Tuesday, May 17, 2011

Baking Bread

I've put the following together for friends (especially from Singapore) who have taken an interest since I wrote about making bread. I had borrowed a couple of bread books from our local library and looked at various sites on Internet. Not a bread machine in sight, I'm afraid. I started when I need to take out my frustration and there was no turning back.

Then I read this article.

It does not take all that long to knead, but you must be patient with waiting for the dough to rise. I now gather all the ingredients together before starting and can get a lump of dough ready for first proofing within 20 minutes.

It's cheaper to buy a packet of yeast rather than the 7g sachets. In the UK and if you have room, you could also have bigger bags of flour delivered. You could then opt for locally-grown and/or milled flour.
For Basic White Bread

• 625g strong (bread making) white flour (Sorry, don't know which or where brands are available in Singapore. If you have information, please add to comments. See link at bottom of page.)

• 1½ teaspoons salt

• 2 teaspoons sugar

• 3 tablespoons sunflower oil (or 3 tablespoons butter)

• One sachet (usually 7 g) or 1½ teaspoons of quick action yeast

• 400 ml of warm water. I normally put about 400ml in my 1000W microwave for a minute, take it out to check that it’s warm, but not hot, or you will kill the yeast. Tip some water out and add cold if necessary. Also, I have never used the whole 400ml.


1. Add all the dry ingredients into a large bowl. Give it a good quick stir (with fork, knife, hand, whatever, doesn’t matter).

2. Add the oil. (At this point I normally let the oil left on the measuring spoon to drip slowly onto my ceramic board which I use for kneading the dough. I found that oil on the board is better than flour to stop it sticking.)

3. “Rub in” the bits of flour that will now stick to the oil. Again oil is easier to use than butter.

4. Add the water. I normally add it in in about three go’s LEAVING a little water in the jug. As my mum used to say, “You can always add more, but you cannot take it off” (when adding soya sauce to food).

5. Mix the ingredients by hand in the bowl until a dough is formed. Have fun! This is when it gets gooey. Make sure flour on the bottom and sides are incorporated. Dough is ready when it all sticks together quite nicely.

6. Lift the dough out and knead it on the work surface for 10 minutes. The dough might be very sticky for the first couple of minutes. If it continues to be difficult to knead, a little extra flour can dry the dough up a bit. Usually by the end of kneading, whatever dough is stuck to your fingers would also be incorporated. I suspect that friends in Singapore might wish to do this on a cool surface, like a marble slab.

7. KNEADING: (Source: the bread book by Sara Lewis, 2003, page 16) – This is essential to mix and activate the dried yeast and to help stretch the gluten in the flour so that the bread can rise fully. Begin by turning the dough out on to lightly floured surface. Stretch the dough by turning the front half away with the heel of one hand while holding the back of the dough with the other hand. Fold the stretched part of the dough back on itself, give it a quarter turn and repeat for five more minutes, until the dough has been turned full circle several times and is a smooth and elastic ball.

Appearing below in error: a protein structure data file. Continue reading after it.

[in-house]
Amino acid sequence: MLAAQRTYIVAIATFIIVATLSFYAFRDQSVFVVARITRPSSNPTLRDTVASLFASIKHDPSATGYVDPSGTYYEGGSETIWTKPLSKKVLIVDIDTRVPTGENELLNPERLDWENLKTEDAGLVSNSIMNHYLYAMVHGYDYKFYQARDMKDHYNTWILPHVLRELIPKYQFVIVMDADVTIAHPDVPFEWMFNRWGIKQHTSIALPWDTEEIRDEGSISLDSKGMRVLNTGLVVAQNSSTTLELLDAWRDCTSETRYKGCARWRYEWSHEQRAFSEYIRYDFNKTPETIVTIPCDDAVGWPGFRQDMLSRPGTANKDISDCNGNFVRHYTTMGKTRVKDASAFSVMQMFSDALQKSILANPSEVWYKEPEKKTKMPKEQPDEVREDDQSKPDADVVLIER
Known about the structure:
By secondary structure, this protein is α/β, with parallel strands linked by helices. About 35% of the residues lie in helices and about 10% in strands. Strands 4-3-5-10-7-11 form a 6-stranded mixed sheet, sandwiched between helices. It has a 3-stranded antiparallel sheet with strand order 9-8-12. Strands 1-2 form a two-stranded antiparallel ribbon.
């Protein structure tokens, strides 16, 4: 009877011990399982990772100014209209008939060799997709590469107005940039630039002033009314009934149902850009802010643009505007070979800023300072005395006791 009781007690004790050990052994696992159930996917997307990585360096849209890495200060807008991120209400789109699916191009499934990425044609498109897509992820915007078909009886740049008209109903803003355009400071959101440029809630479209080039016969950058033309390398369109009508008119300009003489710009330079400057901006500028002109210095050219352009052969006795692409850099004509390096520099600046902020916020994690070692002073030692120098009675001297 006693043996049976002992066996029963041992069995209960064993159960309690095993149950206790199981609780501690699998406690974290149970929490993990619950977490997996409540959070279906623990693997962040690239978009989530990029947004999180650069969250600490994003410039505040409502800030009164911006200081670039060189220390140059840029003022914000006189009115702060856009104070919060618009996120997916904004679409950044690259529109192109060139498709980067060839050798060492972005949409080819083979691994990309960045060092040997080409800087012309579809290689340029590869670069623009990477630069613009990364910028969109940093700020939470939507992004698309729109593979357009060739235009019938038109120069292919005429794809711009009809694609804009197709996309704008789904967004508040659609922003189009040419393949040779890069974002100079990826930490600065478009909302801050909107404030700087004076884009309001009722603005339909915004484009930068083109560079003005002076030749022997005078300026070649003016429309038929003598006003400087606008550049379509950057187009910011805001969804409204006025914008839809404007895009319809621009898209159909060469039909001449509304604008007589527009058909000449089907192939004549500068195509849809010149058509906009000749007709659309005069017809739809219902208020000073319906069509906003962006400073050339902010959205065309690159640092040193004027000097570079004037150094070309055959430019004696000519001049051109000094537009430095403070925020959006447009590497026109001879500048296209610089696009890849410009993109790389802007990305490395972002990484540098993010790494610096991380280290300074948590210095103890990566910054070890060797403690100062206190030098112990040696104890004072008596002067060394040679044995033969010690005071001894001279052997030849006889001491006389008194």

8. Once kneaded return the dough to the bowl (don’t wash out your rolling-out board yet) and leave it to rise in a warm (not hot, Singaporeans please note) place. Most recipes tell you to cover with oiled cling film. Being anti-plastic I use wet tea towels. Let the dough rise to twice its size. It could take, for me, more than an hour. I normally set the clock and concentrate on doing something else.

9. When the dough has doubled in size, “punch it out”. You will hear the air escaping. Turn it out on to your rolling-out board, scraping the sides if necessary.

10. At this stage I would normally divide the dough into two lots. One lot is kneaded again, very quickly, and rolled into a long roll about 1½ times the length of the loaf tin. Fold the ends under to make it fit into a slightly greased loaf tin (500g/ 1 lb). If you do not have a loaf tin, just make one big “cob” and put it on a lined baking tray. The rest is divided into six smaller or four larger rolls, kneaded quickly, shaped and placed on a lined baking tray (I use a baking tray liner).

11. Cover with tea towel as before and leave to rise a second time, this time for a much shorter period. This is usually 30 minutes for me. At the 10-minute mark, it’s time to put the oven on: 200 deg C.

12. Once the bread has doubled in size, or reach the top of the loaf tin, remove the cloth and place straight into pre-heated oven.

13. For a loaf, bake for approximately 12 minutes, then cover loosely with foil, and bake for another 18 minutes (ie 30 minutes in all). For the rolls, I put 8 minutes, cover with foil, and then bake another 7 minutes (15 minutes total)

14. Remove from the oven and turn out with oven gloves. If you tap on the base of the rolls/loaf they should sound hollow. This is an indication that the bread is complete.

15. Allow to cool on a wire rack.

Granary bread

625g strong granary flour

3 tablespoons butter (or oil)

2 teaspoons salt

4 teaspoons brown sugar

1½ teaspoons fast-action dried yeast

400ml warm water

Wholemeal bread

325g strong wholemeal flour

300g strong white flour

3 tablespoons butter (or oil)

1½ teaspoons salt

4 teaspoons caster sugar

2½ teaspoons fast-action dried yeast

400ml warm water


I hope you found this useful. Tell me how you got on.

The "personalized" bread roll I made for my son: